The articles in this section of the Yearbook describe some of the most significant accomplishments of the Geologic Division during fiscal year 1982. We believe that these articles, while representing only a select few of the activities of the Division, show how geologic research simultaneously opens new avenues in geoscience and provides the basic information to serve missions central to the national welfare.
The Geologic Division budget is presented to Congress under five major program
headings. A discussion of accomplishments under these sub activities during this last fiscal year follows:
Geologic Hazards Surveys
In addition to the work described in the articles regarding the Los Angeles, California, urban areas earthquake hazards assessment and the studies of subsidence near Houston, Texas, the Geologic Division continued to monitor and assess the potential for the imminent renewal of volcanic activity at Mount St. Helens, Washington, and Mammoth Lakes-Long Valley, California. Because of the threat to human life and the major economic impacts that would be associated with an earthquake, volcanic eruption, or major landslide, the Geologic Division recognizes its Hazards Program responsibilities as among the most challenging that it must address in the next several years. The Division will continue to emphasize increasing its capability to identify and understand geologic hazards while also providing products that will enable Federal, State, and local governments to make informed land use, zoning, and engineering design decisions that will enhance the Nation's capability to avoid and mitigate these potential hazards.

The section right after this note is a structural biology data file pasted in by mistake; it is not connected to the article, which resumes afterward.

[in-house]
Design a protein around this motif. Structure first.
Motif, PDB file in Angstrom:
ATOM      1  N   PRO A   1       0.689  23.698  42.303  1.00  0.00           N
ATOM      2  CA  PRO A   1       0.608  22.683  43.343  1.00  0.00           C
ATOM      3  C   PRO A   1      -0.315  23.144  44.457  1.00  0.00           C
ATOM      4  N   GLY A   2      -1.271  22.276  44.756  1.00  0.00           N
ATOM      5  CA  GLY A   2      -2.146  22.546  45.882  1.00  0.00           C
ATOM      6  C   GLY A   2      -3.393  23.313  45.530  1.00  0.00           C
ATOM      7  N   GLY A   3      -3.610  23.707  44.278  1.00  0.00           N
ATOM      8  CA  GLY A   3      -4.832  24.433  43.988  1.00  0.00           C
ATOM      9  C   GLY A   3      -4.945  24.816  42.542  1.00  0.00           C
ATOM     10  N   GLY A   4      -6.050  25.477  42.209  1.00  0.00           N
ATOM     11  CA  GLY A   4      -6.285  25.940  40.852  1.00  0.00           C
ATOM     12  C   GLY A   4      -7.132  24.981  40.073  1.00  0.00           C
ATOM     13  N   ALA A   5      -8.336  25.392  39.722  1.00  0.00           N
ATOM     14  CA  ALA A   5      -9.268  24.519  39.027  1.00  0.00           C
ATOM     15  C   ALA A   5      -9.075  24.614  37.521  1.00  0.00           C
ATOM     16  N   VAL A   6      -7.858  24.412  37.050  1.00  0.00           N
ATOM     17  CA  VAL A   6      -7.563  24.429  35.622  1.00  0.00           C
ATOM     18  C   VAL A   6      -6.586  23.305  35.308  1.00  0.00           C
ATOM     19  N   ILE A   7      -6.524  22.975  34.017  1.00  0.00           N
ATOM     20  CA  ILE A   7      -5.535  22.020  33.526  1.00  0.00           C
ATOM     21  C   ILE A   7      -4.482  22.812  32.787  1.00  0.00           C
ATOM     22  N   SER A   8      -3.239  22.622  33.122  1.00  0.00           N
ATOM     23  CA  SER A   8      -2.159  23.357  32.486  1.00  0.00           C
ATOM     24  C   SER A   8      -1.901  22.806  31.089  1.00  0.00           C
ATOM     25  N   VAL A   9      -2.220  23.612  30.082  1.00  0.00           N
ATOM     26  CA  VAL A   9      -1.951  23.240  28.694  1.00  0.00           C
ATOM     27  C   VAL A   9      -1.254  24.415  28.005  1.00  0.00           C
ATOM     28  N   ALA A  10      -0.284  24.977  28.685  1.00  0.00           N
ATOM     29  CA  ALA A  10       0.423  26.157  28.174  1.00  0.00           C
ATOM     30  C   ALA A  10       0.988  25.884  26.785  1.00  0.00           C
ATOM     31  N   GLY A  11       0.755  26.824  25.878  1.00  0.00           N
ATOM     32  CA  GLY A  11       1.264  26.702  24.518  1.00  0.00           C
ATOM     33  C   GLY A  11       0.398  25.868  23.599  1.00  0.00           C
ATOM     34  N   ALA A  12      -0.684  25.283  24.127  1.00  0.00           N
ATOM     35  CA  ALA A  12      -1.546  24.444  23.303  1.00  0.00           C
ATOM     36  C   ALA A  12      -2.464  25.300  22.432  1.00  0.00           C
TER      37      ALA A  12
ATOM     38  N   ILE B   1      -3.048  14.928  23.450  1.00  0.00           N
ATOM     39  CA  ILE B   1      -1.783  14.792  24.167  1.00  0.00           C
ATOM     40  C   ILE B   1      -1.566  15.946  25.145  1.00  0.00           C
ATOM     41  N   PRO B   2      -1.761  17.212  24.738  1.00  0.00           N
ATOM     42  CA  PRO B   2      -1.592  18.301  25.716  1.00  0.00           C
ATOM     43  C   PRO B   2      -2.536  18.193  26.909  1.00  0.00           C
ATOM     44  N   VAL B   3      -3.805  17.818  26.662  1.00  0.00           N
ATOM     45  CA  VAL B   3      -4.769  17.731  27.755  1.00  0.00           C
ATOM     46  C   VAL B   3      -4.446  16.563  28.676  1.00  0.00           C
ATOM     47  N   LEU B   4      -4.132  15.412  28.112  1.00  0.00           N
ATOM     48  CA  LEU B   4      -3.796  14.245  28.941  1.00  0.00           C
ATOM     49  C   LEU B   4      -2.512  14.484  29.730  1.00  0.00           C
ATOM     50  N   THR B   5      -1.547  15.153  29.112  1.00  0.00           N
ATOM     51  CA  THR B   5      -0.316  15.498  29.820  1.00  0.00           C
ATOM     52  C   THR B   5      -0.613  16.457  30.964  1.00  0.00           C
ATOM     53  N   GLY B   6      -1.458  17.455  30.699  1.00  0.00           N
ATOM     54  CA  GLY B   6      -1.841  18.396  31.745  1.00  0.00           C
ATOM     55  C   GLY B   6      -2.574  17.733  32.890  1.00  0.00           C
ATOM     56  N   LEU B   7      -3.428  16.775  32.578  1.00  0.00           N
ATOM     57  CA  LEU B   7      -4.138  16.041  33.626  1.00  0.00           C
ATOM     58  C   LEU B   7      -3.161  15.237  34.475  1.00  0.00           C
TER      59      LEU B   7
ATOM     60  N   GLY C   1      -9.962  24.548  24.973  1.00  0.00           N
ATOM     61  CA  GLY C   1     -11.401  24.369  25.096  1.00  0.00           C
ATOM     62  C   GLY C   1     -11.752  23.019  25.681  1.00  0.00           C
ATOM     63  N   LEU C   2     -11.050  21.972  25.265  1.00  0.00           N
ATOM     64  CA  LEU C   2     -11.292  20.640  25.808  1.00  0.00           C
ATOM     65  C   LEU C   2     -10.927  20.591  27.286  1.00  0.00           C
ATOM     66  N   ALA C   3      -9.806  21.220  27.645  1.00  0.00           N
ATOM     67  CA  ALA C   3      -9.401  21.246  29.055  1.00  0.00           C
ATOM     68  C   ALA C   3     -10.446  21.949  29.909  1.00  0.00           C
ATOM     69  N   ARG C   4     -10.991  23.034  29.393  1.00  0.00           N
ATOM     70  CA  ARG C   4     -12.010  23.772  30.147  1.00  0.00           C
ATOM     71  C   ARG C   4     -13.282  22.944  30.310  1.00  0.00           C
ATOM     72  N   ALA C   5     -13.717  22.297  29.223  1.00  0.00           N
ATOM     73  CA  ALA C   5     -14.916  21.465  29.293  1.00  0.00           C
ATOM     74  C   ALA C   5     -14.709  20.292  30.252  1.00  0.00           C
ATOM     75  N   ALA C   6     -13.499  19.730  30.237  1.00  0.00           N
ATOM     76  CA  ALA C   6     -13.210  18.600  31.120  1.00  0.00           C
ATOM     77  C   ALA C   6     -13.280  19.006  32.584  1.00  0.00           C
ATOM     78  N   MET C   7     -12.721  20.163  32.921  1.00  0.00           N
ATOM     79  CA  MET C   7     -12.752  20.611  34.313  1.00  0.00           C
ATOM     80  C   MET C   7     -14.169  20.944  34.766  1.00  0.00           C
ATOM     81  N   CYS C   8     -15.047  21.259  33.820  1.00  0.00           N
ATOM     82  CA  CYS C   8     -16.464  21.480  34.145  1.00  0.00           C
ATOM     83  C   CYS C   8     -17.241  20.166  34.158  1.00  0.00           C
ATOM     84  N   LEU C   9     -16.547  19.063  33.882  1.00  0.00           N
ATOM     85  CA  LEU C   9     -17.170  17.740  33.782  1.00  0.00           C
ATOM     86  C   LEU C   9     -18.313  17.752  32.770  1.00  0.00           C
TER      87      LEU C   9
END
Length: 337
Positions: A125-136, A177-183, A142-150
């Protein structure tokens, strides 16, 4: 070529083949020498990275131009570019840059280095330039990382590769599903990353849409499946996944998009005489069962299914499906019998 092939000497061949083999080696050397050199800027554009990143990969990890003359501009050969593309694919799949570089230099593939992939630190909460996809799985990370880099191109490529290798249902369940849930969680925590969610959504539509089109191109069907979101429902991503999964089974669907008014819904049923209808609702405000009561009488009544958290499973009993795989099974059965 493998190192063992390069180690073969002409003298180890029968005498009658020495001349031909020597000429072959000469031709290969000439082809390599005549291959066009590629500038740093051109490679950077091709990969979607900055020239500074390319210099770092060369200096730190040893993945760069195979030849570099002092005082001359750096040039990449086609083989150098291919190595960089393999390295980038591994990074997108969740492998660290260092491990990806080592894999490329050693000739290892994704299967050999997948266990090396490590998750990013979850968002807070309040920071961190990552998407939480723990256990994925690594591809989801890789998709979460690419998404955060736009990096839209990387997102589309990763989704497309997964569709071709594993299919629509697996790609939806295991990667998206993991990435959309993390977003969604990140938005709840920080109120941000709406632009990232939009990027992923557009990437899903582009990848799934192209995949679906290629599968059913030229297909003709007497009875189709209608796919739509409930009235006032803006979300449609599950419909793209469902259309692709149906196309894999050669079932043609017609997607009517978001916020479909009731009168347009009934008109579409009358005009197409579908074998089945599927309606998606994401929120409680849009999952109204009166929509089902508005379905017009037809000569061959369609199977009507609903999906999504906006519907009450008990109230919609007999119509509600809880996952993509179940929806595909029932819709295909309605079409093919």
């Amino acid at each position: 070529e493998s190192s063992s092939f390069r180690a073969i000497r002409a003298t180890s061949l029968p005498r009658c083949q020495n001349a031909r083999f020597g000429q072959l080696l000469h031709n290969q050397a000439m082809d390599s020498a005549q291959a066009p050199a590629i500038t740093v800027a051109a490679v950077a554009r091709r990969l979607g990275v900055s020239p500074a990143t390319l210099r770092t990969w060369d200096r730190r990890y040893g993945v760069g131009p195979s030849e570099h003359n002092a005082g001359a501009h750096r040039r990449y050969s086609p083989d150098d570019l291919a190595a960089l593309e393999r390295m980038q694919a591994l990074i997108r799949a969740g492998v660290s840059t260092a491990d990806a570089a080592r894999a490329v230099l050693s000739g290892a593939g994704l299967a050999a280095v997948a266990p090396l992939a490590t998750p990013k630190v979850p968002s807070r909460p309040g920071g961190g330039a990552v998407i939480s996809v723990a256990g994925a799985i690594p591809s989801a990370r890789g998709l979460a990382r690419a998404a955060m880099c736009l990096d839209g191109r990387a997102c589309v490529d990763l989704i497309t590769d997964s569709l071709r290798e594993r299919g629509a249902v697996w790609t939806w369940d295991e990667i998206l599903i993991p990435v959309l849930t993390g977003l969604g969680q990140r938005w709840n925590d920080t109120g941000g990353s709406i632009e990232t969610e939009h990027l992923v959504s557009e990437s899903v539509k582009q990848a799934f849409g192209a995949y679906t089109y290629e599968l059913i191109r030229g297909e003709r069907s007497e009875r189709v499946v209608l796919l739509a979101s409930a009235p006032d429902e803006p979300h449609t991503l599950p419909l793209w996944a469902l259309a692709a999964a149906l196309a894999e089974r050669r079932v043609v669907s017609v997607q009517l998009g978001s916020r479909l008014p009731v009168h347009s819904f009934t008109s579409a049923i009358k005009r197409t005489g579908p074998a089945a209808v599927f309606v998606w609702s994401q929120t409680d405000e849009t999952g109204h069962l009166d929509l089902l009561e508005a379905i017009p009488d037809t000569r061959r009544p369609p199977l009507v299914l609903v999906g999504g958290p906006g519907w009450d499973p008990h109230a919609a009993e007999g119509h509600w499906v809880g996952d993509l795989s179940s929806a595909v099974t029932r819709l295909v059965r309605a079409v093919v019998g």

Land Resource Surveys
During fiscal year 1982, the Geologic Framework Program continued to provide new insights into the fundamental geologic structure of the United States. The publication of numerous maps and reports resulting from these studies translate directly into new understanding of geologic hazards and the Nation's energy and mineral resources. A following article on the evolution of the Pacific Coast is illustrative of the nature of the research provided by the Geologic Framework Program. In addition, observations from the 11 geomagnetic observatories produced data that supported the preparation of topographic, nautical, and aeronautical maps and charts. The Geologic